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Then there’s the humorous story about the guy who said that there were three things they never discussed in his church: sex, politics, and religion. We can laugh at the ludicrous contradictions in that, . . . but what with all the stuff we are observing these days about inappropriate sexual behavior by so many very public figures, it’s time to take a deep breath and look at human sexuality in the design and purpose for which God created it. Most folk inside the Christian church have some notion that God created humankind, male and female, in his own image and likeness. And yet, so often, we put the figurative fig-leaf over the reality that a hugely prominent part of that human body is the sexual, hormonal, and reproductive package (and genetic code) with which we are all endowed (though, admittedly, sometimes confused and confusing).

Human sexuality is never muted in scriptures. It appears in so many stories, sometimes heartening and heart-warming, and sometimes in its distorted and grotesque forms. Reproduction of the species is a presupposition. The secularists of our own culture are correct when they observe that we are “hard-wired to reproduce our gene-pool into the next generation.” Scripture contains beautiful love stories, along with stories of rape, incest, harlotry, and unbridled lust. The story of Ruth is a beautiful story of caring love. And then there is David, who is obviously “sexually active”. The prophet Hosea is commanded to marry a prostitute to exemplify Israel’s unfaithfulness to God. Israel is likened, in graphic terms, as being like a promiscuous woman who opens her legs to every new invader. Add to all of that, the fact that early on the church renounced the heresy of Docetism, which heresy denied the full humanity of Christ. The church insisted that Jesus was fully human, … and as the scriptures assert, he was “tempted in all points like we are”. One must assume that this includes his sexuality, though most church folk would blush at the thought.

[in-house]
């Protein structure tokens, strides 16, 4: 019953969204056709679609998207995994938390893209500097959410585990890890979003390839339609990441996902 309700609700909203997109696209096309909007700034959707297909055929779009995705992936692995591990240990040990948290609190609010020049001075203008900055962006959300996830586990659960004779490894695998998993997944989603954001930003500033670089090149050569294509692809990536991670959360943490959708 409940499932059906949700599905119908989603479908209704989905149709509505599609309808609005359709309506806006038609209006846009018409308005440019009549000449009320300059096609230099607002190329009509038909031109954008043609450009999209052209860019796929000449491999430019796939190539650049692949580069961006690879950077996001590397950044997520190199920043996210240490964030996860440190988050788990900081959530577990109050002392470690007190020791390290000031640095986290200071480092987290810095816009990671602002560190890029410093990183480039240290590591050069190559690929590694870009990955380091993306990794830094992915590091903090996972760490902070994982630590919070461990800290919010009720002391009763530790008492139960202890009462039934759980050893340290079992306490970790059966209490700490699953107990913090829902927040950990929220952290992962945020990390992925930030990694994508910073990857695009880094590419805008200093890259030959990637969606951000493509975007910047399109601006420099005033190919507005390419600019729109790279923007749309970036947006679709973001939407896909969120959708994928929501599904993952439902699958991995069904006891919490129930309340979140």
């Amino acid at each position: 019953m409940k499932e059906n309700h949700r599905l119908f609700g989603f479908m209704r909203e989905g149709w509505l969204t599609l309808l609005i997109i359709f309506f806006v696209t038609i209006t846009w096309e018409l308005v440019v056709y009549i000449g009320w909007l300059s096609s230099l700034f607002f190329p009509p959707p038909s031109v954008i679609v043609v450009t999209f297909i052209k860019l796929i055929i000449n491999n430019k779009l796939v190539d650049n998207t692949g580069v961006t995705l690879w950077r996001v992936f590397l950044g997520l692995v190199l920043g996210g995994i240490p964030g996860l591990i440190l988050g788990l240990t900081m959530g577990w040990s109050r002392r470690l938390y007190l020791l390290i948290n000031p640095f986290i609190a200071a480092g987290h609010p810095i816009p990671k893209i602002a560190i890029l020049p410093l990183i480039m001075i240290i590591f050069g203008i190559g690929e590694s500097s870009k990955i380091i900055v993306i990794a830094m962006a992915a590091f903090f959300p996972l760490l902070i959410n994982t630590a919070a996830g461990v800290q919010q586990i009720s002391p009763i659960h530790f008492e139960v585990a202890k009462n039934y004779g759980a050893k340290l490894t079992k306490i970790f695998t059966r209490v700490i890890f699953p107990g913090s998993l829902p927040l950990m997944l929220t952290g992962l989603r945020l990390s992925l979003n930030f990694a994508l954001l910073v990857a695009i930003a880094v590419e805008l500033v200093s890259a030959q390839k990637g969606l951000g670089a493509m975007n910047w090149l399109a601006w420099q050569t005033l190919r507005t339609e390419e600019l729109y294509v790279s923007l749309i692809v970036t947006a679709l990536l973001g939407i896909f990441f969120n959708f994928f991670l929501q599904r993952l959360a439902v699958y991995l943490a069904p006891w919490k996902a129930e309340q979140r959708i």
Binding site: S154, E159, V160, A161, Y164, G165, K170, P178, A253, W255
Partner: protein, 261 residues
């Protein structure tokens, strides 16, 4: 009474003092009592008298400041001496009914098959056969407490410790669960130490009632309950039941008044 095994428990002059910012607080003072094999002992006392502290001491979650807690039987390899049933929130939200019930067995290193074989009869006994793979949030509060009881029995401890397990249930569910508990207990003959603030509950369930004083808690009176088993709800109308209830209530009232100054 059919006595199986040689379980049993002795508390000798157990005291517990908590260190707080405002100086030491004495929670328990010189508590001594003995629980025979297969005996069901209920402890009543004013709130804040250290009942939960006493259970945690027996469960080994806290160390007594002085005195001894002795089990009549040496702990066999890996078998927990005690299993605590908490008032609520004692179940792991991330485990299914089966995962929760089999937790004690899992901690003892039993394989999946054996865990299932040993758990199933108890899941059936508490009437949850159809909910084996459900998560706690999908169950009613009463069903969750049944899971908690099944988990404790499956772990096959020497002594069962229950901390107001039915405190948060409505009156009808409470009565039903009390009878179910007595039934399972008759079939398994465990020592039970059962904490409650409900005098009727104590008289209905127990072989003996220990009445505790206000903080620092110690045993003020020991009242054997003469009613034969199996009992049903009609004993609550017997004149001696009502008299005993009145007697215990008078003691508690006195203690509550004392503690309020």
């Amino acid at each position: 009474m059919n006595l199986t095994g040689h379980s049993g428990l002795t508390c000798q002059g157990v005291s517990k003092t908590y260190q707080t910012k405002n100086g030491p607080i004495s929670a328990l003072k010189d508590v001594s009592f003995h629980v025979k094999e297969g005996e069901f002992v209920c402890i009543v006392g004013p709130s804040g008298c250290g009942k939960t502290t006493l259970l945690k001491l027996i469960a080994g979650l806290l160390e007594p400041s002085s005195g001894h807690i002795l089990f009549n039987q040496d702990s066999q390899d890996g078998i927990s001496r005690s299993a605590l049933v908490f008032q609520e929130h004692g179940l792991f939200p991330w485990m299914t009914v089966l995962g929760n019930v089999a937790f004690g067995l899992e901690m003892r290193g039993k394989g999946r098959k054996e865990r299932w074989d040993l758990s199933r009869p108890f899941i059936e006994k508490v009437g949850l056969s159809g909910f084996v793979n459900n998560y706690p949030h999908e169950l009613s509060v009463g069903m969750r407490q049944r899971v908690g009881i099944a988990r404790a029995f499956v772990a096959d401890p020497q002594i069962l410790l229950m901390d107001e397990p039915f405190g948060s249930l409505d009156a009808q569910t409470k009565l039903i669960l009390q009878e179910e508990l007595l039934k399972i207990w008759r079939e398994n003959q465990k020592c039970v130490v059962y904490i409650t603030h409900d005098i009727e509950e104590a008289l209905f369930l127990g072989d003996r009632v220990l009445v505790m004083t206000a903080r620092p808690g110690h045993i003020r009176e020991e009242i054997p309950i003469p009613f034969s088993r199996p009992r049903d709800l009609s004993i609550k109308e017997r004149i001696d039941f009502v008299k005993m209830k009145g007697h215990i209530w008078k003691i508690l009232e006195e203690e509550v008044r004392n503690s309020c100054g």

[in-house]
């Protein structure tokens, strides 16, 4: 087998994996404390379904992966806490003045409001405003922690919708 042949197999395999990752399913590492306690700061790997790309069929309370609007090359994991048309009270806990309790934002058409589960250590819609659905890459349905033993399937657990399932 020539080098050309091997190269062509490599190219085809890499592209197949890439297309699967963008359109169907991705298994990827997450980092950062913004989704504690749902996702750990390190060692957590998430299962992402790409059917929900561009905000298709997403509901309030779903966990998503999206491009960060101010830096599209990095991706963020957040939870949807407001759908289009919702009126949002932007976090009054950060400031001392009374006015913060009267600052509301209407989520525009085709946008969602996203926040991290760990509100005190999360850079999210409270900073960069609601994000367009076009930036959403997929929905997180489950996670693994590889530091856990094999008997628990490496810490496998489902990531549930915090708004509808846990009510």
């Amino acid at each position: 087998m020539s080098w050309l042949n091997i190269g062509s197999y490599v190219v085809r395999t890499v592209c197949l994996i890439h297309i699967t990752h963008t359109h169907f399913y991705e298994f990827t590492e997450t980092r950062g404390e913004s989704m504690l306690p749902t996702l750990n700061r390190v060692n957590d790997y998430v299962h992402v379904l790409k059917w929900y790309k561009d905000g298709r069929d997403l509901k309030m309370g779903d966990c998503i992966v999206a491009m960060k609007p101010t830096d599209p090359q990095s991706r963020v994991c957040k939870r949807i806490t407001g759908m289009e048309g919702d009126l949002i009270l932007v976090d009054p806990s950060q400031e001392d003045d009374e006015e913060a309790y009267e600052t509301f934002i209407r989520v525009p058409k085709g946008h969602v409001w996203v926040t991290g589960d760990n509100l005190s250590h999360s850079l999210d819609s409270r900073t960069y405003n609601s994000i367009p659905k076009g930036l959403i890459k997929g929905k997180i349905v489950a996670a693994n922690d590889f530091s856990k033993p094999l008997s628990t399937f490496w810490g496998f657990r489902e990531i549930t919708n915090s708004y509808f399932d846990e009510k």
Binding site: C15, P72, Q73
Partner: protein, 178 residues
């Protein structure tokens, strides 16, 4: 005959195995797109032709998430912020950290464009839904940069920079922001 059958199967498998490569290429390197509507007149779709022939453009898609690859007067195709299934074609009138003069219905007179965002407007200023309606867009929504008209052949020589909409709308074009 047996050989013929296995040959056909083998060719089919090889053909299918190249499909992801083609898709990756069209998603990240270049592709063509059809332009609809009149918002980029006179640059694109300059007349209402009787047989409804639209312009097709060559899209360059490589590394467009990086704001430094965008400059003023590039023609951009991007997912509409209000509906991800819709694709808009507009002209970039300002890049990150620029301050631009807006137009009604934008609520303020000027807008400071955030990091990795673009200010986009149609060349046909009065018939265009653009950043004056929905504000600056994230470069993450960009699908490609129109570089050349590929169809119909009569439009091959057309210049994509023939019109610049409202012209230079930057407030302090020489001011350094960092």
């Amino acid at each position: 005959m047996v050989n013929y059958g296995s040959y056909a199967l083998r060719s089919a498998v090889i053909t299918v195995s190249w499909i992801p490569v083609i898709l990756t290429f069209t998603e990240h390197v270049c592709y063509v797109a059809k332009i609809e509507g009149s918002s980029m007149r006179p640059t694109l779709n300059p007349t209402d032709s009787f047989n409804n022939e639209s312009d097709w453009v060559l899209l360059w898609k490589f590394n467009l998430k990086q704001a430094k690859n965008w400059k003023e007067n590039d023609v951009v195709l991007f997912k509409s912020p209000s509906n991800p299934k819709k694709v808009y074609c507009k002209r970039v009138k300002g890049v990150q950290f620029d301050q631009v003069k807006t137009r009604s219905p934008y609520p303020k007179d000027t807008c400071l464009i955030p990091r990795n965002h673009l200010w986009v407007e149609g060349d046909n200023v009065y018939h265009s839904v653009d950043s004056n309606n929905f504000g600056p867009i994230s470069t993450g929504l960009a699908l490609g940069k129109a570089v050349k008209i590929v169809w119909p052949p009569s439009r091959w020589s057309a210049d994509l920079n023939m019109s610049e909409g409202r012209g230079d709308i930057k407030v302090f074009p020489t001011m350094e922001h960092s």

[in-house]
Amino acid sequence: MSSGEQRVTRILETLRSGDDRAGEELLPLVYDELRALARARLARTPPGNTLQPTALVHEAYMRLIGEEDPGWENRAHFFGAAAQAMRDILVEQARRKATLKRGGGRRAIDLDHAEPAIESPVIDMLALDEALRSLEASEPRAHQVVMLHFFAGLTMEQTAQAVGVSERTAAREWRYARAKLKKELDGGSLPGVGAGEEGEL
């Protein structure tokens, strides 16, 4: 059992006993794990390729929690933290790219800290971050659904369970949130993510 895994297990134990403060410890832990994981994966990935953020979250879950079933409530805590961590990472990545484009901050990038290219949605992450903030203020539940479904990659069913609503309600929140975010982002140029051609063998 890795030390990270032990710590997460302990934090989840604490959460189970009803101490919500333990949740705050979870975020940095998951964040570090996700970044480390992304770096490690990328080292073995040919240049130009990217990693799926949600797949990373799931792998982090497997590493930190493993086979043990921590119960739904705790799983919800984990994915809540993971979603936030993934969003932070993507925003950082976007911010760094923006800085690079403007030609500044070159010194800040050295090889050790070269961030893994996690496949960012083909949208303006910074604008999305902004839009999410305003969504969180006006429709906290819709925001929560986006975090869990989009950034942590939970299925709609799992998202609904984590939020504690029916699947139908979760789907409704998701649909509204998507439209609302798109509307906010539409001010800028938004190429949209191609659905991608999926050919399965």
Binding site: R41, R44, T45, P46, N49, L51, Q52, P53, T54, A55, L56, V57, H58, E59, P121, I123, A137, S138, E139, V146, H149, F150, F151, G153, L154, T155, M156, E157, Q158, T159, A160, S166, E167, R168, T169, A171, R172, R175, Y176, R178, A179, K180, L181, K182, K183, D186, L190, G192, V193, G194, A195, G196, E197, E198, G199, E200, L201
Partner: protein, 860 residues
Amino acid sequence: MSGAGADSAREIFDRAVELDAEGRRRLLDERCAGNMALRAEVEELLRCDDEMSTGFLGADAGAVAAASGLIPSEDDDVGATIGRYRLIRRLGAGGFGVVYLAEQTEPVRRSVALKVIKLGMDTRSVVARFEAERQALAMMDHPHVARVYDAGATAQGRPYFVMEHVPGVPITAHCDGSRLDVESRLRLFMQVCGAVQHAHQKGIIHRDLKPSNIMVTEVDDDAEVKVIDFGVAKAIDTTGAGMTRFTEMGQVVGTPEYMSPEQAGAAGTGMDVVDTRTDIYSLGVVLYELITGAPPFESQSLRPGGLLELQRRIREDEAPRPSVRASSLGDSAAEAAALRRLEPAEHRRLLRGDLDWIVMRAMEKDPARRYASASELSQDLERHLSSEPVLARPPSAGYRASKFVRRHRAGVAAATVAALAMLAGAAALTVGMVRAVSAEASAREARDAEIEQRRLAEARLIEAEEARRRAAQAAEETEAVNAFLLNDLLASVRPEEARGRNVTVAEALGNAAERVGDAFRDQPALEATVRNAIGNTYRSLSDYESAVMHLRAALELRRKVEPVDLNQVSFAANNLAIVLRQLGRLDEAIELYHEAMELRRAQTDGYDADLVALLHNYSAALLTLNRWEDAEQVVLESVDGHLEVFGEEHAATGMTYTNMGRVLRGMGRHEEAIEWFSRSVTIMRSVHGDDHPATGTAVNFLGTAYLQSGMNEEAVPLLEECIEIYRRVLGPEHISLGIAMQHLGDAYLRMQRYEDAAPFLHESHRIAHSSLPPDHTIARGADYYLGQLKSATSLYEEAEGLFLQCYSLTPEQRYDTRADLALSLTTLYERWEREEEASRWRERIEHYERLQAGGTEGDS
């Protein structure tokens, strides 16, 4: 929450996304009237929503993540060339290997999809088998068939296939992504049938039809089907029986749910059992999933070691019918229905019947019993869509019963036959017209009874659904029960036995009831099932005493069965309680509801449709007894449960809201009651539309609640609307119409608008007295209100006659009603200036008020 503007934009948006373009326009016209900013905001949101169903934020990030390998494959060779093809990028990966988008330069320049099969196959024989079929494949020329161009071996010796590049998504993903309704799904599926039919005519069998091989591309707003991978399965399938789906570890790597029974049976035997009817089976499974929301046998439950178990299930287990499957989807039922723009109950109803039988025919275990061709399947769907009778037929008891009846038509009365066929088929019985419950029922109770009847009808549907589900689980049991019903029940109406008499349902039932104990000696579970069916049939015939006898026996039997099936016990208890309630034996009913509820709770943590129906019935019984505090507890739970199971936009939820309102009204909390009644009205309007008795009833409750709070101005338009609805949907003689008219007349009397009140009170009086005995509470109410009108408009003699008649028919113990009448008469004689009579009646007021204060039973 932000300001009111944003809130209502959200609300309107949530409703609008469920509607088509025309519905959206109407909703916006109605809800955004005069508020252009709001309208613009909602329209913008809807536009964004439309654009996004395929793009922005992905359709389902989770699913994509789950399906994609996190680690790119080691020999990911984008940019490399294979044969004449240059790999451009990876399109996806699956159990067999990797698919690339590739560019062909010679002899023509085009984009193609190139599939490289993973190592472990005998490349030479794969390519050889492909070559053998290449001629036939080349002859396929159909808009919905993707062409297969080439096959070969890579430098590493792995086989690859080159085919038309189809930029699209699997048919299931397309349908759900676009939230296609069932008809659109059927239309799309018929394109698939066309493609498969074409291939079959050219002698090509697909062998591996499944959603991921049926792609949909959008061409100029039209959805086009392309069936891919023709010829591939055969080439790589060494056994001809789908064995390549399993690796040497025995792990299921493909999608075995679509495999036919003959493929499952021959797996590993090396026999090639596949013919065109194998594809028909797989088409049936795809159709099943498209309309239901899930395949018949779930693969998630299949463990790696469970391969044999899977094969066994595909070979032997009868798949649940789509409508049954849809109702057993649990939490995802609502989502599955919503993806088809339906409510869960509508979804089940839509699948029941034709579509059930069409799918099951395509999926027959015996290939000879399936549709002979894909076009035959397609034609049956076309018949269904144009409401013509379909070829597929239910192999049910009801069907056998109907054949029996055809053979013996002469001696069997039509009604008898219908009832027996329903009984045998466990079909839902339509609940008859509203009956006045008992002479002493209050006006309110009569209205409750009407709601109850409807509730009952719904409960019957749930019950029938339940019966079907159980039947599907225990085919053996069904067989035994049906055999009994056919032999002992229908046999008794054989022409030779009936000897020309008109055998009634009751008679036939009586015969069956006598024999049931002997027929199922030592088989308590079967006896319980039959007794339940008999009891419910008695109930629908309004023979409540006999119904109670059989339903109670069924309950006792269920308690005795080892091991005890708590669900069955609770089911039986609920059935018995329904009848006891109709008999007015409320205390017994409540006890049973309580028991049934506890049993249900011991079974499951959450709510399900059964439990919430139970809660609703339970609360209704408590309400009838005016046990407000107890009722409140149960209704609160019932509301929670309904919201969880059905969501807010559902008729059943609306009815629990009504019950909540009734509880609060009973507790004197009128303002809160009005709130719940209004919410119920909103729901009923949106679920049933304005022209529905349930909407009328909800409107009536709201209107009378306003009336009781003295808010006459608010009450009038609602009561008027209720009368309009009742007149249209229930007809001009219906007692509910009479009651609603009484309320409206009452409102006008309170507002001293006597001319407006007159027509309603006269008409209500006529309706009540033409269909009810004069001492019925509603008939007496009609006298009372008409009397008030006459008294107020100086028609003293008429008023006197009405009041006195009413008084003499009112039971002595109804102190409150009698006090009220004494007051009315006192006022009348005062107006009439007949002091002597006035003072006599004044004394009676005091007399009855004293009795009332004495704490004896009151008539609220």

If you remove the spiritualizing filters and read the gospel stories candidly, Jesus was unique. He engaged in conversation with the Samaritan woman at the well, and she was the town “hooker”. She engages Jesus in talk about religious traditions, and it is only an aside remark that indicates that Jesus is quite aware that the man she was currently living with was not her husband. As she is evangelized, and becomes an early evangelist, she rushes back into town to tell of him. There is a hidden bit of humor in that she announced that she had met a man who “told me all that I ever did.” . . . Don’t you just know that such a report sent a chill of fear through some of the town’s menfolk?

Or, again, in the (controversial) account of Jesus dealing with the woman caught in the act of adultery, and her accusers wanting to see how Jesus would carry out the law regarding adultery (stoning), you can almost perceive a twinkle in Jesus’ eye when he responds: “Any of you guy who have never been guilty of some such inappropriate behavior, you can cast the first stone.” And they all slunk away and left the woman to receive Jesus’ word of absolution. Or, take a look at the one-liner in I Thessalonian 4: “This is the will of God for your sanctification, that you abstain from sexual immorality” (fornication). Which indicates that the problem was pretty rampant.

Ah! But take note of the very significant passage in Romans 12. “I appeal to you brothers … to present your bodies (including one’s sexuality) as a living sacrifice, holy and acceptable to God, which is your spiritual worship … transformed, renewed, the will of God. God’s design is that the human family become the basic communal building-block of society, in which communication, love, discipline, caring, worship, and nurturing into God’s new creation takes place, and where sexuality is cherished as a gift, and celebrated within the purposeful disciplines of purity and faithfulness. Worship and human sexuality should absolutely be connected. Human love and sexuality should unquestionably be formed as an act of worship. I’d love to hear from you …  Stand by.

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BLOG 12/5/17. “HOW LONG, O LORD?”